Infrastructure managers agree that the COP21 climate summit achieved more than was expected, but it is still to early to tell if that momentum will last, and what it will mean.

“It’s a bit too soon right now to tell what the long-term implications will be,” says John Mayhew, head of infrastructure finance at M&G Investments. “It’s really for each government to make a decision to achieve the goals that have been set. That is likely to have implications for different parts of the renewable spectrum for different countries. What is clear is that fossil fuels are on their way out, but how each government balances the tools at their disposal is up to them.”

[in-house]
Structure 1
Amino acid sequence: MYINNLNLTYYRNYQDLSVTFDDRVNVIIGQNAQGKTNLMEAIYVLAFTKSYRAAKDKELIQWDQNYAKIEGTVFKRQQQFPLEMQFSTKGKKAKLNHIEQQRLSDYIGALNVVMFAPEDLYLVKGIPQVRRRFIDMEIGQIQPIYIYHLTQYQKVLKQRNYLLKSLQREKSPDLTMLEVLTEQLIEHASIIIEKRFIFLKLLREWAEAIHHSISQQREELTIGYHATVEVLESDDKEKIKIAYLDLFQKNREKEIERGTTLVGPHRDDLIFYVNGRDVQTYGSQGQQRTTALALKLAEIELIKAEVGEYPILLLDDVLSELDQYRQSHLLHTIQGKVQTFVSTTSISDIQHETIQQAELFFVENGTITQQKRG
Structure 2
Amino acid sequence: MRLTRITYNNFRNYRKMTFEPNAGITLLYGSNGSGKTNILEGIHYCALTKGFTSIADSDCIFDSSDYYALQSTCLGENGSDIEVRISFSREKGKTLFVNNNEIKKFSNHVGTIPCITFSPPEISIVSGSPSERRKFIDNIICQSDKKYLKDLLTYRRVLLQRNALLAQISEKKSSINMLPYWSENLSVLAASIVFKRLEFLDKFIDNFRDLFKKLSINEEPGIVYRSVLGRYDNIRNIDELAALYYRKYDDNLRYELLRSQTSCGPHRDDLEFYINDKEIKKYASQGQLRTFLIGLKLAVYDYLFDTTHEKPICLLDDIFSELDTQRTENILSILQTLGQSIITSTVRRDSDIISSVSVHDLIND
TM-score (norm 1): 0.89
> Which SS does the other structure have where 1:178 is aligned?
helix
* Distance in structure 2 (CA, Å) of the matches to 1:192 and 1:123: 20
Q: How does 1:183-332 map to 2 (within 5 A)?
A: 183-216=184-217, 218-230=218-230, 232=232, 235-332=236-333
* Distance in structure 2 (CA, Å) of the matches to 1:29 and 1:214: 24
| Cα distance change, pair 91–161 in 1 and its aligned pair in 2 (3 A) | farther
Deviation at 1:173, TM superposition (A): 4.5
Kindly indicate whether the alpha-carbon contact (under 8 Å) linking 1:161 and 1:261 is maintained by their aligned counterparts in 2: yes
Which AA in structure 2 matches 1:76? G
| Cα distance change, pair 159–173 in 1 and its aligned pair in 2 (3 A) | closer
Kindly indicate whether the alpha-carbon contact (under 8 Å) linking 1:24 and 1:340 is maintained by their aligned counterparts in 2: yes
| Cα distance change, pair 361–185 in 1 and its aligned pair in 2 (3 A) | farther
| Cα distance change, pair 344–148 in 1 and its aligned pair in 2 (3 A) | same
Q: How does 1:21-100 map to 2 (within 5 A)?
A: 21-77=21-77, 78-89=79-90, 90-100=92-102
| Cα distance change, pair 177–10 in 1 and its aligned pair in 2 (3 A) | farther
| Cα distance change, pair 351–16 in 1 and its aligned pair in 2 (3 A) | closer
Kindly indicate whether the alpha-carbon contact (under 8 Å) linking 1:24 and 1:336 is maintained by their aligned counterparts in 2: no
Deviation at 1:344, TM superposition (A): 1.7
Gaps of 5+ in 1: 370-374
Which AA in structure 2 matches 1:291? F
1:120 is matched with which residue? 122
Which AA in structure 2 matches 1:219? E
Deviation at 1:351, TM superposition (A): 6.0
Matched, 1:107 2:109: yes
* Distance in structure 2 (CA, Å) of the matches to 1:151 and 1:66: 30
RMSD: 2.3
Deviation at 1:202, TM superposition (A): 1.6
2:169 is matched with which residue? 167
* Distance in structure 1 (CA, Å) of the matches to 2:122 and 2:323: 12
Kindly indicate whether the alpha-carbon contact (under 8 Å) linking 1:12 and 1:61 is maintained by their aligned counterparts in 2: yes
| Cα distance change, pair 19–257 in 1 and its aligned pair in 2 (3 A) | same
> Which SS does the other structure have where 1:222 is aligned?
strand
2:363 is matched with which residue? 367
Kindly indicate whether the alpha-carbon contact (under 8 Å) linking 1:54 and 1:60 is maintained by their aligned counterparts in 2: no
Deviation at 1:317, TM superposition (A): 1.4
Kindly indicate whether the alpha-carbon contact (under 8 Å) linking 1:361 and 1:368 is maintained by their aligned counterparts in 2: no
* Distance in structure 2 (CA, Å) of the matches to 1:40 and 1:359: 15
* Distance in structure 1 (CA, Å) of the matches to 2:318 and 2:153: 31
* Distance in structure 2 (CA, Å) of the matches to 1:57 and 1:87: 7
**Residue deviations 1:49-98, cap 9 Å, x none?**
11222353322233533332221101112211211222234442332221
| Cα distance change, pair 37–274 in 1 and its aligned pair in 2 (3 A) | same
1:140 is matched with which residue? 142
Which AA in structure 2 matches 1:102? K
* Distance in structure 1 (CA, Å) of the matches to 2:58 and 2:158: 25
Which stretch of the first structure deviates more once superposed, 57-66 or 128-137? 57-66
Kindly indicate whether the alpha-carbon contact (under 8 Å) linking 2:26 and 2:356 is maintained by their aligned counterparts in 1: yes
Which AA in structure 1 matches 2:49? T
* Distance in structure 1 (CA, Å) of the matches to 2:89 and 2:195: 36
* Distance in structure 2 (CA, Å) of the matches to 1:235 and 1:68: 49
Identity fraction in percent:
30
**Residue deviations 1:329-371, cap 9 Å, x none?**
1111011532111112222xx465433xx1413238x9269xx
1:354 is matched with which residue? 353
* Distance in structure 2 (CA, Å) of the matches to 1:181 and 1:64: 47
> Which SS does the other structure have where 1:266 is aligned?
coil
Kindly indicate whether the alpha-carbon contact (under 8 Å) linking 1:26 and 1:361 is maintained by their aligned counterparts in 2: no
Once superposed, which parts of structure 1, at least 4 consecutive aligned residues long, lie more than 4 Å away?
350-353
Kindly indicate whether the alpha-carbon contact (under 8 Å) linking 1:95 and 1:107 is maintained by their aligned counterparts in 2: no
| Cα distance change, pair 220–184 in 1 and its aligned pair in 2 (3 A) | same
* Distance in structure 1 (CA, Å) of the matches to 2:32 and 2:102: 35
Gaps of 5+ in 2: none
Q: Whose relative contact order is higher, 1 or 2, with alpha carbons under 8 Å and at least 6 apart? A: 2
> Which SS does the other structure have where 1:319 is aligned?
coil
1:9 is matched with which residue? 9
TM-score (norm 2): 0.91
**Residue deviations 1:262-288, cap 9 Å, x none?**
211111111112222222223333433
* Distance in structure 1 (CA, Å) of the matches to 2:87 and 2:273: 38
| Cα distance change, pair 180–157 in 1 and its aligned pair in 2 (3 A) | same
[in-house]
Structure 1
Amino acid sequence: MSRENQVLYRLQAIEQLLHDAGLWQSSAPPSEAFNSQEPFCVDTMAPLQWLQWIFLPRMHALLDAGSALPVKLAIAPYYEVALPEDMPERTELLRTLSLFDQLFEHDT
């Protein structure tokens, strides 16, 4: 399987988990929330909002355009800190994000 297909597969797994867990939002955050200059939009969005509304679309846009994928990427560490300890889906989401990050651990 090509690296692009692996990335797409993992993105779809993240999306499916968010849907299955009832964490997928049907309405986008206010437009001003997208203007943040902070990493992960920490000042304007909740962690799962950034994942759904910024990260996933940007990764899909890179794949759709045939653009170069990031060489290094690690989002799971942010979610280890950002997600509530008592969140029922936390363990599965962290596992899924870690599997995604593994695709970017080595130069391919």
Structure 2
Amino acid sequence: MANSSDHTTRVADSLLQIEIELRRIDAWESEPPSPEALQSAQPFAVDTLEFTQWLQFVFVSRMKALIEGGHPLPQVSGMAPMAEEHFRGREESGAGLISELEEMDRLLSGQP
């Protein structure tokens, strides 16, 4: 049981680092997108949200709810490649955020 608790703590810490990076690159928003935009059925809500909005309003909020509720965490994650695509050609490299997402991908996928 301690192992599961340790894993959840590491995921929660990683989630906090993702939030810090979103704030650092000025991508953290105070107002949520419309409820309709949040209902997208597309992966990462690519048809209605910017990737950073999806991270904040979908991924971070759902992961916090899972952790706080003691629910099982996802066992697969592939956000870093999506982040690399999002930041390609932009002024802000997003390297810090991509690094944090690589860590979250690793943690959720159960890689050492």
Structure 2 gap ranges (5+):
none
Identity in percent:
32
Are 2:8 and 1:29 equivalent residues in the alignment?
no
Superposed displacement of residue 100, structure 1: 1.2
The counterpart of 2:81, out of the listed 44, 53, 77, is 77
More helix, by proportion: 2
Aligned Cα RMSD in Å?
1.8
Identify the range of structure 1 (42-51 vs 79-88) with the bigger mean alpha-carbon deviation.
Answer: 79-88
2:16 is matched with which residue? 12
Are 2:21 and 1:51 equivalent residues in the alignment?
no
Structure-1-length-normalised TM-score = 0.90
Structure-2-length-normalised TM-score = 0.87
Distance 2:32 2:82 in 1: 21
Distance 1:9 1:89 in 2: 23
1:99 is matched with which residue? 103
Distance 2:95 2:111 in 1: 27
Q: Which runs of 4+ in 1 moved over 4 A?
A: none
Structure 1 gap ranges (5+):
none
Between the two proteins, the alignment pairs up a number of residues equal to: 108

Institutional investors know what is at stake. 

Stephanie Pfeifer, CIO of the Institutional Investors Group on Climate Change, says that every estate asset owner, investor and stakeholder must recognise that they have a clear fiduciary duty to understand and actively manage environmental, social, governance, and climate-related risks as a routine component of their business thinking, practices, and management processes. “Failure to actively address these risks or, indeed, identify the related opportunities that arise from taking action to curb climate asset risk associated with real estate investments will not only hinder global efforts to address the climate challenge, but is likely to hurt long-term returns, undermine economic sustainability and reduce the calibre of the infrastructure passed to future generations.”